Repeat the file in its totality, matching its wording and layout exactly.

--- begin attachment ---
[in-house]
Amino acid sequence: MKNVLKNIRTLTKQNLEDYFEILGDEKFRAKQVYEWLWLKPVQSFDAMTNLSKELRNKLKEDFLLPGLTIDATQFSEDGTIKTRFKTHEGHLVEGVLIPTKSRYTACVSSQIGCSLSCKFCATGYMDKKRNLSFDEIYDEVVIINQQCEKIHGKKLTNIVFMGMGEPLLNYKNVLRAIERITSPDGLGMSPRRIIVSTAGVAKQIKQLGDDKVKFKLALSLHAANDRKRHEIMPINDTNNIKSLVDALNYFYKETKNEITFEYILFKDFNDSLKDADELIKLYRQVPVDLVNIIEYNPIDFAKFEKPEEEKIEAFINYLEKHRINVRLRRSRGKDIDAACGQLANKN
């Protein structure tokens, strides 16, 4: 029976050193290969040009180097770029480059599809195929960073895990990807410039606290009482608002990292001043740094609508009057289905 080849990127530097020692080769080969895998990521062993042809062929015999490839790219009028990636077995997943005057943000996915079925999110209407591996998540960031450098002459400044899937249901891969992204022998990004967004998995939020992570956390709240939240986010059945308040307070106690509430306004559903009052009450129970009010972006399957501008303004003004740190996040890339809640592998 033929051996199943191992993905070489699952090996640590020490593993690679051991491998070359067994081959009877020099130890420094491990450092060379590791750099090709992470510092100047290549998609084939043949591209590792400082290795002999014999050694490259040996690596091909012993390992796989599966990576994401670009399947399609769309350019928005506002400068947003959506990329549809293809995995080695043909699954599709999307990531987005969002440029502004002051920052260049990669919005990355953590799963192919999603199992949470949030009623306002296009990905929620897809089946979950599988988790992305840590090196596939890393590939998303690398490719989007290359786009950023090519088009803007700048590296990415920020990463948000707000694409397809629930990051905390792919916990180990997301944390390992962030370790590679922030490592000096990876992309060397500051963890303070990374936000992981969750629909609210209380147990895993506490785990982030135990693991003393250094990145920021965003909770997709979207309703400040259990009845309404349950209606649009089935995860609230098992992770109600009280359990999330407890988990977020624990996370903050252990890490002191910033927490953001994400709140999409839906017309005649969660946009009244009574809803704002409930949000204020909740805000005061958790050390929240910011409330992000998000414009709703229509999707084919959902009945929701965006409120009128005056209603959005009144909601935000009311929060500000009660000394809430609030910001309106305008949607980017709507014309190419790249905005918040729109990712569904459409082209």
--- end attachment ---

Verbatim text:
[in-house]
Amino acid sequence: MKNVLKNIRTLTKQNLEDYFEILGDEKFRAKQVYEWLWLKPVQSFDAMTNLSKELRNKLKEDFLLPGLTIDATQFSEDGTIKTRFKTHEGHLVEGVLIPTKSRYTACVSSQIGCSLSCKFCATGYMDKKRNLSFDEIYDEVVIINQQCEKIHGKKLTNIVFMGMGEPLLNYKNVLRAIERITSPDGLGMSPRRIIVSTAGVAKQIKQLGDDKVKFKLALSLHAANDRKRHEIMPINDTNNIKSLVDALNYFYKETKNEITFEYILFKDFNDSLKDADELIKLYRQVPVDLVNIIEYNPIDFAKFEKPEEEKIEAFINYLEKHRINVRLRRSRGKDIDAACGQLANKN
């Protein structure tokens, strides 16, 4: 029976050193290969040009180097770029480059599809195929960073895990990807410039606290009482608002990292001043740094609508009057289905 080849990127530097020692080769080969895998990521062993042809062929015999490839790219009028990636077995997943005057943000996915079925999110209407591996998540960031450098002459400044899937249901891969992204022998990004967004998995939020992570956390709240939240986010059945308040307070106690509430306004559903009052009450129970009010972006399957501008303004003004740190996040890339809640592998 033929051996199943191992993905070489699952090996640590020490593993690679051991491998070359067994081959009877020099130890420094491990450092060379590791750099090709992470510092100047290549998609084939043949591209590792400082290795002999014999050694490259040996690596091909012993390992796989599966990576994401670009399947399609769309350019928005506002400068947003959506990329549809293809995995080695043909699954599709999307990531987005969002440029502004002051920052260049990669919005990355953590799963192919999603199992949470949030009623306002296009990905929620897809089946979950599988988790992305840590090196596939890393590939998303690398490719989007290359786009950023090519088009803007700048590296990415920020990463948000707000694409397809629930990051905390792919916990180990997301944390390992962030370790590679922030490592000096990876992309060397500051963890303070990374936000992981969750629909609210209380147990895993506490785990982030135990693991003393250094990145920021965003909770997709979207309703400040259990009845309404349950209606649009089935995860609230098992992770109600009280359990999330407890988990977020624990996370903050252990890490002191910033927490953001994400709140999409839906017309005649969660946009009244009574809803704002409930949000204020909740805000005061958790050390929240910011409330992000998000414009709703229509999707084919959902009945929701965006409120009128005056209603959005009144909601935000009311929060500000009660000394809430609030910001309106305008949607980017709507014309190419790249905005918040729109990712569904459409082209």